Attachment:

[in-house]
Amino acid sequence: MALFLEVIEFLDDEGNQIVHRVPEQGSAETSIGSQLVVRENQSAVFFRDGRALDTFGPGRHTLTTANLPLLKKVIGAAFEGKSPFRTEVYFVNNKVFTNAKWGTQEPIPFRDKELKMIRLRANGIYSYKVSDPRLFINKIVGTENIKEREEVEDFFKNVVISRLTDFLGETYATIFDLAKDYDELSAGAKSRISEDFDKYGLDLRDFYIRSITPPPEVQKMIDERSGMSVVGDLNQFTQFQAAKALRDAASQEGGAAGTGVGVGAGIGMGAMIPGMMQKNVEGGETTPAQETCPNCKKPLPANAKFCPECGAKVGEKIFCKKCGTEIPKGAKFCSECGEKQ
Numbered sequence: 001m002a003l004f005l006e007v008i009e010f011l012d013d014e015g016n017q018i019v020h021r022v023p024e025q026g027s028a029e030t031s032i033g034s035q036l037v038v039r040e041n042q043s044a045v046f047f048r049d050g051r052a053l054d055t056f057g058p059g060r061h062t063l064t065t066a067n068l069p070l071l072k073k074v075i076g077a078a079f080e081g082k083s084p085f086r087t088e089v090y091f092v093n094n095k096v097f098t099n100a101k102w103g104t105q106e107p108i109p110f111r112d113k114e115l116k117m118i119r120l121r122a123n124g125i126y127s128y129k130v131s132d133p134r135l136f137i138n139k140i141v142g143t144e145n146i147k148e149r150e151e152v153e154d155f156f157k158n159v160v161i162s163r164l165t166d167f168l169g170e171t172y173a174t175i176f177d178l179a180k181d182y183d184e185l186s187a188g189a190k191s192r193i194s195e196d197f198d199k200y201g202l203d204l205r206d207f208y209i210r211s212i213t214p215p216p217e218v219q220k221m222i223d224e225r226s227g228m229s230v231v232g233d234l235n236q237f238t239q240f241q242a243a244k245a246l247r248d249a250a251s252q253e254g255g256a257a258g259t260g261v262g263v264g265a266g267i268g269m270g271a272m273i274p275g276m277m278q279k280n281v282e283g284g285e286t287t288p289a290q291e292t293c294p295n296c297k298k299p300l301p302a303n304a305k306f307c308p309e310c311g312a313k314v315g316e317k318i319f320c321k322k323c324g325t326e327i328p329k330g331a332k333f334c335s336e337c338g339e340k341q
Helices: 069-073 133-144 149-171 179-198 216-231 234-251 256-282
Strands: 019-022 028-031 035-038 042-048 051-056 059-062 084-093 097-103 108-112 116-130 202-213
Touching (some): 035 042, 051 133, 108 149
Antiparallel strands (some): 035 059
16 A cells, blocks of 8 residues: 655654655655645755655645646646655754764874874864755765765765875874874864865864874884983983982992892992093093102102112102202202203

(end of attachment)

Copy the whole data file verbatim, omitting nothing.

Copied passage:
[in-house]
Amino acid sequence: MALFLEVIEFLDDEGNQIVHRVPEQGSAETSIGSQLVVRENQSAVFFRDGRALDTFGPGRHTLTTANLPLLKKVIGAAFEGKSPFRTEVYFVNNKVFTNAKWGTQEPIPFRDKELKMIRLRANGIYSYKVSDPRLFINKIVGTENIKEREEVEDFFKNVVISRLTDFLGETYATIFDLAKDYDELSAGAKSRISEDFDKYGLDLRDFYIRSITPPPEVQKMIDERSGMSVVGDLNQFTQFQAAKALRDAASQEGGAAGTGVGVGAGIGMGAMIPGMMQKNVEGGETTPAQETCPNCKKPLPANAKFCPECGAKVGEKIFCKKCGTEIPKGAKFCSECGEKQ
Numbered sequence: 001m002a003l004f005l006e007v008i009e010f011l012d013d014e015g016n017q018i019v020h021r022v023p024e025q026g027s028a029e030t031s032i033g034s035q036l037v038v039r040e041n042q043s044a045v046f047f048r049d050g051r052a053l054d055t056f057g058p059g060r061h062t063l064t065t066a067n068l069p070l071l072k073k074v075i076g077a078a079f080e081g082k083s084p085f086r087t088e089v090y091f092v093n094n095k096v097f098t099n100a101k102w103g104t105q106e107p108i109p110f111r112d113k114e115l116k117m118i119r120l121r122a123n124g125i126y127s128y129k130v131s132d133p134r135l136f137i138n139k140i141v142g143t144e145n146i147k148e149r150e151e152v153e154d155f156f157k158n159v160v161i162s163r164l165t166d167f168l169g170e171t172y173a174t175i176f177d178l179a180k181d182y183d184e185l186s187a188g189a190k191s192r193i194s195e196d197f198d199k200y201g202l203d204l205r206d207f208y209i210r211s212i213t214p215p216p217e218v219q220k221m222i223d224e225r226s227g228m229s230v231v232g233d234l235n236q237f238t239q240f241q242a243a244k245a246l247r248d249a250a251s252q253e254g255g256a257a258g259t260g261v262g263v264g265a266g267i268g269m270g271a272m273i274p275g276m277m278q279k280n281v282e283g284g285e286t287t288p289a290q291e292t293c294p295n296c297k298k299p300l301p302a303n304a305k306f307c308p309e310c311g312a313k314v315g316e317k318i319f320c321k322k323c324g325t326e327i328p329k330g331a332k333f334c335s336e337c338g339e340k341q
Helices: 069-073 133-144 149-171 179-198 216-231 234-251 256-282
Strands: 019-022 028-031 035-038 042-048 051-056 059-062 084-093 097-103 108-112 116-130 202-213
Touching (some): 035 042, 051 133, 108 149
Antiparallel strands (some): 035 059
16 A cells, blocks of 8 residues: 655654655655645755655645646646655754764874874864755765765765875874874864865864874884983983982992892992093093102102112102202202203